In recent years, the role of athletes, entertainers, celebrities, and influencers in supporting charitable causes has become increasingly prominent. Many individuals in these fields recognize the importance of using their platforms to make a positive impact on society, particularly in providing alternatives and opportunities for the younger generation. Congress of Athletes Entertainers and Celebrities Creating Alternatives for Youths collaborates with Abdul-Jalil al-Hakim, Superstar Management, ¿eX-whY? AdVentures, the Aaron & Margaret Wallace Foundation and Nowtruth, design engineers campaigns leveraging their influence, so these public figures can significantly contribute to charities that focus on creating alternatives for youths, enabling them to shape a brighter future. Herein CAECAY explores the significance of matching athletes, entertainers, celebrities, and influencers with charities and highlights the benefits such partnerships can bring.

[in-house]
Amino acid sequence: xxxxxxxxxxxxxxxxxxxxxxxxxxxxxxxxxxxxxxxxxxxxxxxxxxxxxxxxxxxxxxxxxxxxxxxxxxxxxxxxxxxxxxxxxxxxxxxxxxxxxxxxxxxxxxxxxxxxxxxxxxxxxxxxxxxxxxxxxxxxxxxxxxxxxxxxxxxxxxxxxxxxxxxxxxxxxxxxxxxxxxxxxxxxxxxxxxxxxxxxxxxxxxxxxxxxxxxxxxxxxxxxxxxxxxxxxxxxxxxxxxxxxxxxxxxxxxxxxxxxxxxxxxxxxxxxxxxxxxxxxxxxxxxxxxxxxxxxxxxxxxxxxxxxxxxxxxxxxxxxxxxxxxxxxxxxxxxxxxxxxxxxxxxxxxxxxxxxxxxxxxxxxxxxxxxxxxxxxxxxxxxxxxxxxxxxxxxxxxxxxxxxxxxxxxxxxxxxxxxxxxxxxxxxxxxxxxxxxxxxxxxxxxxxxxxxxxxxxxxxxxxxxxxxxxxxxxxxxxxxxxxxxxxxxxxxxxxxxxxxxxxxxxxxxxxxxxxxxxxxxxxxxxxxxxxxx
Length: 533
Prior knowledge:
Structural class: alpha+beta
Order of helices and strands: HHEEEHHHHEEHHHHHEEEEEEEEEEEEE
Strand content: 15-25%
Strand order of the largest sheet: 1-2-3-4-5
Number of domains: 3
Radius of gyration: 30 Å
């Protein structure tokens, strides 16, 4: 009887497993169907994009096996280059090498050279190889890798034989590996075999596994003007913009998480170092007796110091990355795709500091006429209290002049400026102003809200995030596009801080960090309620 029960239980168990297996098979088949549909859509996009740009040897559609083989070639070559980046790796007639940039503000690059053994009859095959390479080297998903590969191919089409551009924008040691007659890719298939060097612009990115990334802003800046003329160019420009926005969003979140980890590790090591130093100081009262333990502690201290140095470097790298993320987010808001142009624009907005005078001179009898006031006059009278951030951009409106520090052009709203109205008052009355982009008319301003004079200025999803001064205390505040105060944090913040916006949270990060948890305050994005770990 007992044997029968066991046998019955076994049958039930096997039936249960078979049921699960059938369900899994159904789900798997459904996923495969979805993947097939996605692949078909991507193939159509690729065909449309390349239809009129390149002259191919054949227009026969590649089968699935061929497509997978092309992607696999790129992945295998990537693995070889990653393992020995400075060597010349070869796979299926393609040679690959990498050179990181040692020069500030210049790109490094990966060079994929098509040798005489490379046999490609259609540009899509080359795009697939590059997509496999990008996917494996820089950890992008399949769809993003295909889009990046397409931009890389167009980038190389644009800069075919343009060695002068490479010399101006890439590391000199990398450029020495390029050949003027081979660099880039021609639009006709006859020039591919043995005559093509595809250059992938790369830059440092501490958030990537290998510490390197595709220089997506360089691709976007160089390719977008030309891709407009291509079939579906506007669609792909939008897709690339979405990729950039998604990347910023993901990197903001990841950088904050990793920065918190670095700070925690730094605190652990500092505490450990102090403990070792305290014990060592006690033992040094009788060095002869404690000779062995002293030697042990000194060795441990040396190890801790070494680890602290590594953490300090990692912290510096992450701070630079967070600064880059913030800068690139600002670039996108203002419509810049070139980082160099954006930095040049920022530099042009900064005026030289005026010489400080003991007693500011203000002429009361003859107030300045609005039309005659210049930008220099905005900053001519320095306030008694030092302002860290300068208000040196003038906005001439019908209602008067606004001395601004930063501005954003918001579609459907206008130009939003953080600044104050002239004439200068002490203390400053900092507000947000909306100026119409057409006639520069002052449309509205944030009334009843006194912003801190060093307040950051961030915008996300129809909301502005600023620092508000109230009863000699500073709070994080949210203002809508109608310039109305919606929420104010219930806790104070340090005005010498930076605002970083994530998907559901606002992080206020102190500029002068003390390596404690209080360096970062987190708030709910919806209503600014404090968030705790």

CAECAY Enhancing Awareness and Visibility:

Athletes, entertainers, celebrities, and influencers possess vast reach and influence across various platforms, including social media, television, and live events. CAECAY with Abdul-Jalil al-Hakim, Superstar Management, ¿eX-whY? and Nowtruth clients partnering with charities focused on creating alternatives for youths, these individuals can amplify the visibility of such causes and raise awareness among their extensive fan bases. Their involvement helps shine a spotlight on the issues faced by young people and the solutions offered by these charities, ultimately garnering increased public support and attention.